Katie's Healthy Bites: Loving Greek Yogurt

by in Uncategorized, June 21, 2009

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When it comes to healthy foods, yogurt makes most folks’ favorite lists. It’s a great source of calcium, good for a healthy snack or a star ingredient in many dishes all around the world. I was disappointed to see my market was stocking its cold case with yogurts filled with artificial sweeteners or sugar. Then, in the sea of fake ingredients and sugar overload, Greek yogurt appeared!

Before I even get into the nutrition benefits, can we talk about how creamy and thick it is? The texture tastes like a decadent dessert — it makes it hard not to feel guilty of overindulging when you eat it. But no need to stress, this dairy favorite is actually good for you.

Greek yogurts have double the protein of traditional American yogurts and less sugar. The extra protein also makes them very filling. But don’t be fooled — all Greek yogurts are not created equal. The full-fat varieties can be loaded with calories, so look for a low-fat or fat-free versions (brands I like: Oikos, Trader Joe’s and Fage).

Better yet, lighten up on your calories and your wallet by making your own. To do this, start with some organic, plain, low-fat yogurt and a cheese cloth (or two). Put the yogurt in the cheese cloth and start squeezing to get the extra water and moisture out — this will give you the thick, creamy texture of Greek yogurt. Once strained of the water, the remaining yogurt is ready to eat. It’s just that simple!

I enjoy Greek yogurt for breakfast along with a cup of organic berries, a teaspoon of agave nectar and a tablespoon of sliced organic almonds. It’s the perfect start to any morning.

Yogurt is also good for adding texture to smoothies. Below are two of my tried-and-true recipes.

Berry B Smoothie
2 servings

1 cup frozen mixed berries
1/2 cup organic orange juice with pulp
1 tablespoon agave nectar (or honey)
1 firm ripe banana, peeled and sliced
1 cup plain or vanilla Greek yogurt
Ice

Place all ingredients in blender, blend and serve.

Nutrition Info: Calories: 220, Total Fat: 4 grams, Saturated Fat: 2.5 grams, Total Carbohydrate: 42 grams, Protein: 6 grams, Cholesterol: 16 milligrams, Sodium: 60 milligrams, Fiber 3.5 grams
* analyzed with full-fat yogurt

Peachy Keen
2 servings

2 cups frozen, organic sliced peaches
1/4 cup low-fat milk or soy milk
1 cup blackberries
3/4 cup plain or vanilla Greek yogurt
1 tablespoon agave nectar (or honey)
ice

Place all ingredients in blender, blend and serve.

Nutrition Info: Calories: 191, Total Fat: 3.5 grams, Saturated Fat: 2 grams, Total Carbohydrate: 35 grams, Protein: 6 grams, Cholesterol: 14 milligrams, Sodium: 60 milligrams, Fiber: 4.5 grams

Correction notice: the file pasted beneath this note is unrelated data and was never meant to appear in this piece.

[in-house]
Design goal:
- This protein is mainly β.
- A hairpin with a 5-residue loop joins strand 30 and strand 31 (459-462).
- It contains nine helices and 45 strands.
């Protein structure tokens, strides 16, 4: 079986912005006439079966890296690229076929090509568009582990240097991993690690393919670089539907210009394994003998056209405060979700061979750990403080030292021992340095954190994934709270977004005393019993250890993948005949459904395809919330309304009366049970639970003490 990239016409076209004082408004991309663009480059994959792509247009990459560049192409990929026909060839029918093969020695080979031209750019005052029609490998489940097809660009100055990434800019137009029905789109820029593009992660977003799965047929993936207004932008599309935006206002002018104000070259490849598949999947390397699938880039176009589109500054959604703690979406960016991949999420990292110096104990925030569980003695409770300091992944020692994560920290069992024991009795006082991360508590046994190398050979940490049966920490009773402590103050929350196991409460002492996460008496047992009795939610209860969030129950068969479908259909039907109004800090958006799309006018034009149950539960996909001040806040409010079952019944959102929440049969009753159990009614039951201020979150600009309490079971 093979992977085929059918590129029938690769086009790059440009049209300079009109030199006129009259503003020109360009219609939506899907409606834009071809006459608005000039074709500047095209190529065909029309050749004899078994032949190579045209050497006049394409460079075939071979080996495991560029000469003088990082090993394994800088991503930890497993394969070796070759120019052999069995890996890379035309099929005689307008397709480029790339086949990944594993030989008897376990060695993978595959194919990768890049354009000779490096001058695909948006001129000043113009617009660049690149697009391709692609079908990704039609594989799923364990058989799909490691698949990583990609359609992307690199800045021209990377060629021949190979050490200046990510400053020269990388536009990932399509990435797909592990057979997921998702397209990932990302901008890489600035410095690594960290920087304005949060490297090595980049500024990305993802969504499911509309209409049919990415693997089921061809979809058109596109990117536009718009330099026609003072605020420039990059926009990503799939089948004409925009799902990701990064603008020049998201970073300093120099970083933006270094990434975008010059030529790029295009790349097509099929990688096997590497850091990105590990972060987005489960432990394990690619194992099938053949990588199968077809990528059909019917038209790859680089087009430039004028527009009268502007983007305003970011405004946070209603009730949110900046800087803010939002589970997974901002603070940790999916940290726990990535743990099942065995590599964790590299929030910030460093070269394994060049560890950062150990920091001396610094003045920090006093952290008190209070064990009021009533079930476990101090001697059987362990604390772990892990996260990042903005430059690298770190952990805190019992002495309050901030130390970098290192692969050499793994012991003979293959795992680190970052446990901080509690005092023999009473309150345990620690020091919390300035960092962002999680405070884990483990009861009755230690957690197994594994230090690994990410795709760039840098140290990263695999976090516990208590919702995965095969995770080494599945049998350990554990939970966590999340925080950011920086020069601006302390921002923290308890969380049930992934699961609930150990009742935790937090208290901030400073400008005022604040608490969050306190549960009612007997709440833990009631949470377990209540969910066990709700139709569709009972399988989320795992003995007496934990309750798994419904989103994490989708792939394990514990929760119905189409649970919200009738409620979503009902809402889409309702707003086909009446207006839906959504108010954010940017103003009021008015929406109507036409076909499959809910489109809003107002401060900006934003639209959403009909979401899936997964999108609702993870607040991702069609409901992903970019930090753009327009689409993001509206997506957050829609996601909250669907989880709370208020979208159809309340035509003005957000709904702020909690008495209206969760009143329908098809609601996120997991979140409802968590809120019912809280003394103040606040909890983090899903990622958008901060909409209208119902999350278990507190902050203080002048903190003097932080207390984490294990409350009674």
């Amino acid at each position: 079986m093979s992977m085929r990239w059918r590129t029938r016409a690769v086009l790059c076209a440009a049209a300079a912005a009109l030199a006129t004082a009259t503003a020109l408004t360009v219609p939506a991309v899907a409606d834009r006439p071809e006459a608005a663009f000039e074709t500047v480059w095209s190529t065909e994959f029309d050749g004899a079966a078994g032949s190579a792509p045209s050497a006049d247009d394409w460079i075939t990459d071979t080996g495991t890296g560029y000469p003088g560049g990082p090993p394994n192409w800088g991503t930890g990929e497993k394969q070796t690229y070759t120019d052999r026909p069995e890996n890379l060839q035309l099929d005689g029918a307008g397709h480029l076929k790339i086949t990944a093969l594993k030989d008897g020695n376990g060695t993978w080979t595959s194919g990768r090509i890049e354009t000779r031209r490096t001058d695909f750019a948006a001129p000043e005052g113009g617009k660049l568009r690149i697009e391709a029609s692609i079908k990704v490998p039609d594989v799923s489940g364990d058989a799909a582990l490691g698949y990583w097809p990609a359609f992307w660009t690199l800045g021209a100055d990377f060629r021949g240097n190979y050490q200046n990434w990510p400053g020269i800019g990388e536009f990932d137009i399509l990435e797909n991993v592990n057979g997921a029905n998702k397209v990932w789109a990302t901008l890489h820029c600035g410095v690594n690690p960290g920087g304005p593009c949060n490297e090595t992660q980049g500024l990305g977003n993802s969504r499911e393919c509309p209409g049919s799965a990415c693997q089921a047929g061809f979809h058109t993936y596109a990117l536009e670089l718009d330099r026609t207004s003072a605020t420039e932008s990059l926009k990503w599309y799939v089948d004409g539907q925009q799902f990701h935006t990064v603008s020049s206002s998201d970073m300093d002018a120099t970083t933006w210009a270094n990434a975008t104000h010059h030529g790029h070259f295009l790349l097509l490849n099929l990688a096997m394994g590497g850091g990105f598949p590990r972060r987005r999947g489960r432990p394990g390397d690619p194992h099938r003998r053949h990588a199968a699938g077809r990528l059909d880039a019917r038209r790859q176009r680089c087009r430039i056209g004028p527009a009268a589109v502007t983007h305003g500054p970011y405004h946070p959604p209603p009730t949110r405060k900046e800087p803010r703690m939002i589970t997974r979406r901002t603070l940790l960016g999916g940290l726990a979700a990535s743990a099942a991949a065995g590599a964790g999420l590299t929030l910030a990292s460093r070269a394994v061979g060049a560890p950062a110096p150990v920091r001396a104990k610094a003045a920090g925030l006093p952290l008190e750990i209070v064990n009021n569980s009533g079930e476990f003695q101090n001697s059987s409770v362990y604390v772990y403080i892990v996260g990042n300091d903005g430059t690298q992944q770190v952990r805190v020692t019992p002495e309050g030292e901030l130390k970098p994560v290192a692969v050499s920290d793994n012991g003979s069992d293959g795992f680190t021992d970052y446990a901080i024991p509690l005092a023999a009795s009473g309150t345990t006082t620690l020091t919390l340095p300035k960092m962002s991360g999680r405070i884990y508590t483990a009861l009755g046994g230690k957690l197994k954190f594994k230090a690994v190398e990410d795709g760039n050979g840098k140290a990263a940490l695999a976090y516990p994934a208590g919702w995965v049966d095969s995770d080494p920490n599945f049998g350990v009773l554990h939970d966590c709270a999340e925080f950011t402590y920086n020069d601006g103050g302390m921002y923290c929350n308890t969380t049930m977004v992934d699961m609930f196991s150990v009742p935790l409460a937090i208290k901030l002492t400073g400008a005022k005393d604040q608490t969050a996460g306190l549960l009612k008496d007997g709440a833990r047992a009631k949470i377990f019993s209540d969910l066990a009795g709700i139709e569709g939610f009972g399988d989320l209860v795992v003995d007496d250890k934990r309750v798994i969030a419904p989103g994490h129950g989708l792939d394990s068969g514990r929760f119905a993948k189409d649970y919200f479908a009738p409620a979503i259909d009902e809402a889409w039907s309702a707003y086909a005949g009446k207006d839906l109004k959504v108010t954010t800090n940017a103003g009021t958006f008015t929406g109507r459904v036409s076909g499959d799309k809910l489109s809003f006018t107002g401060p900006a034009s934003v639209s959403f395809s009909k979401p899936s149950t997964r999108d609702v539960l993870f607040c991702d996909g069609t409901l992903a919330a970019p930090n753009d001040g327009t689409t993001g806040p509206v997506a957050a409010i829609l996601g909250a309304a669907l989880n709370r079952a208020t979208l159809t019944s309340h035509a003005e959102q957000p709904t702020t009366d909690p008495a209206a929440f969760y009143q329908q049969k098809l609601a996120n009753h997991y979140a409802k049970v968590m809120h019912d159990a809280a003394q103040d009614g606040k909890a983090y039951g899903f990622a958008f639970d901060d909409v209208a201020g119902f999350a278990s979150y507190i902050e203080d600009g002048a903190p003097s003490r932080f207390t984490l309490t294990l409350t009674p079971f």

* analyzed with full-fat yogurt

Katie Cavuto Boyle, MS, RD, owns HealthyBites, LLC and is a finalist on The Next Food Network Star, which airs Sundays on Food Network.

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Comments (28)

  1. Sikantis says:

    Your recipes are just great. I love to do food myself such as yogurt and canned fruits.

  2. Jen says:

    I agree that this style of yogurt is delicious! But it’s sad that no one acknowledges that it’s Turkish and not Greek…

    http://en.wikipedia.org/wiki/Yogurt

  3. pasturegreen says:

    Any suggestions on how to make frozen yogurt (short of taking flavored yogurt & freezing it)? I have an ice cream maker, and have been searching for frozen yogurt recipes for a few years.

  4. Just had some yummy greek yogurt for breakfast — went for plain, 2% and then dropped in a spoonful of jam for sweetness.

  5. Hieland Foodie says:

    You can line a sieve with cheesecloth, put your plain nonfat yogurt in it, and put it over a deep bowl. I leave it in the fridge over night, and voila, Greek (Turkish) yogurt with no fuss.

  6. MIrcenzo Pasteque says:

    That's easy… and Yummy :) By the way, I always try to re-use the strained liquid, full of good stuff, I believe. I use it instead of water when I do my homemade bread (in the bread machine or by hand), for instance.

  7. Callie says:

    Why does greek yogurt have so much more protein compared to regular yogurt if greek is derived from regular?

  8. I do this sometimes with my homemade yogurt. I make mine from whole milk, so my drained yogurt is probably not exactly low fat, but I'm of the opinion that fat isn't nearly as bad for us as we usually think it is.

  9. Enchantedblossm says:

    Where is the recipe for Greek yogurt?

  10. E A says:

    Thank goodness for the comments which tell how to make greek yogurt from convential yogurt, but there remains the higher sugar content.
    Your heading reads like a newspaper or tabloid – very misleading; this is an article about smoothies.

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